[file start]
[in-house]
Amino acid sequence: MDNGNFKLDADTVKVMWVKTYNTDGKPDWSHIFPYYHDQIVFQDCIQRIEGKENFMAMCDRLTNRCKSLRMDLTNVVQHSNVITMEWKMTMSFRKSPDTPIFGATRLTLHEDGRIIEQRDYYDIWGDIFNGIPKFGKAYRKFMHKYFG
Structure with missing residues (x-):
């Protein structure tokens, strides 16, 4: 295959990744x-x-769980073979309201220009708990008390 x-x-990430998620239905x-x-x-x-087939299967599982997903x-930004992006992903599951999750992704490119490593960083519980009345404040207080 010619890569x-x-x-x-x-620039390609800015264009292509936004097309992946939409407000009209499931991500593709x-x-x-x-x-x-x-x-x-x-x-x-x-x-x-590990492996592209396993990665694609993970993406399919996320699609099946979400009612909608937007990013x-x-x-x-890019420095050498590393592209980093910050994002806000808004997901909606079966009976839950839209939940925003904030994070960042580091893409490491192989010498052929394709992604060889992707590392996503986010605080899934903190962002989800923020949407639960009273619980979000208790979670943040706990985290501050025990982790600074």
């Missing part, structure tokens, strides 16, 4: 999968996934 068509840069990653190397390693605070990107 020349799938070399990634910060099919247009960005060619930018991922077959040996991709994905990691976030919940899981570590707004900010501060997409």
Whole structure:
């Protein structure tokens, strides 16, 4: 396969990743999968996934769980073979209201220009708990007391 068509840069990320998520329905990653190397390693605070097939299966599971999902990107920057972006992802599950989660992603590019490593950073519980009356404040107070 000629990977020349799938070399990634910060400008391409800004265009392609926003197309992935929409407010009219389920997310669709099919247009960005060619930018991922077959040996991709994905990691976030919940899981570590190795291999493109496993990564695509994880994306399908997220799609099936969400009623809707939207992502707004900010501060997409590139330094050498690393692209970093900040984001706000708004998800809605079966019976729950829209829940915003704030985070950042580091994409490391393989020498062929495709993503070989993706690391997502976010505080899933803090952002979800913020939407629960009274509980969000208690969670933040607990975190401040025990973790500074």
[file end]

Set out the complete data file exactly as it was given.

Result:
[in-house]
Amino acid sequence: MDNGNFKLDADTVKVMWVKTYNTDGKPDWSHIFPYYHDQIVFQDCIQRIEGKENFMAMCDRLTNRCKSLRMDLTNVVQHSNVITMEWKMTMSFRKSPDTPIFGATRLTLHEDGRIIEQRDYYDIWGDIFNGIPKFGKAYRKFMHKYFG
Structure with missing residues (x-):
């Protein structure tokens, strides 16, 4: 295959990744x-x-769980073979309201220009708990008390 x-x-990430998620239905x-x-x-x-087939299967599982997903x-930004992006992903599951999750992704490119490593960083519980009345404040207080 010619890569x-x-x-x-x-620039390609800015264009292509936004097309992946939409407000009209499931991500593709x-x-x-x-x-x-x-x-x-x-x-x-x-x-x-590990492996592209396993990665694609993970993406399919996320699609099946979400009612909608937007990013x-x-x-x-890019420095050498590393592209980093910050994002806000808004997901909606079966009976839950839209939940925003904030994070960042580091893409490491192989010498052929394709992604060889992707590392996503986010605080899934903190962002989800923020949407639960009273619980979000208790979670943040706990985290501050025990982790600074």
């Missing part, structure tokens, strides 16, 4: 999968996934 068509840069990653190397390693605070990107 020349799938070399990634910060099919247009960005060619930018991922077959040996991709994905990691976030919940899981570590707004900010501060997409």
Whole structure:
């Protein structure tokens, strides 16, 4: 396969990743999968996934769980073979209201220009708990007391 068509840069990320998520329905990653190397390693605070097939299966599971999902990107920057972006992802599950989660992603590019490593950073519980009356404040107070 000629990977020349799938070399990634910060400008391409800004265009392609926003197309992935929409407010009219389920997310669709099919247009960005060619930018991922077959040996991709994905990691976030919940899981570590190795291999493109496993990564695509994880994306399908997220799609099936969400009623809707939207992502707004900010501060997409590139330094050498690393692209970093900040984001706000708004998800809605079966019976729950829209829940915003704030985070950042580091994409490391393989020498062929495709993503070989993706690391997502976010505080899933803090952002979800913020939407629960009274509980969000208690969670933040607990975190401040025990973790500074």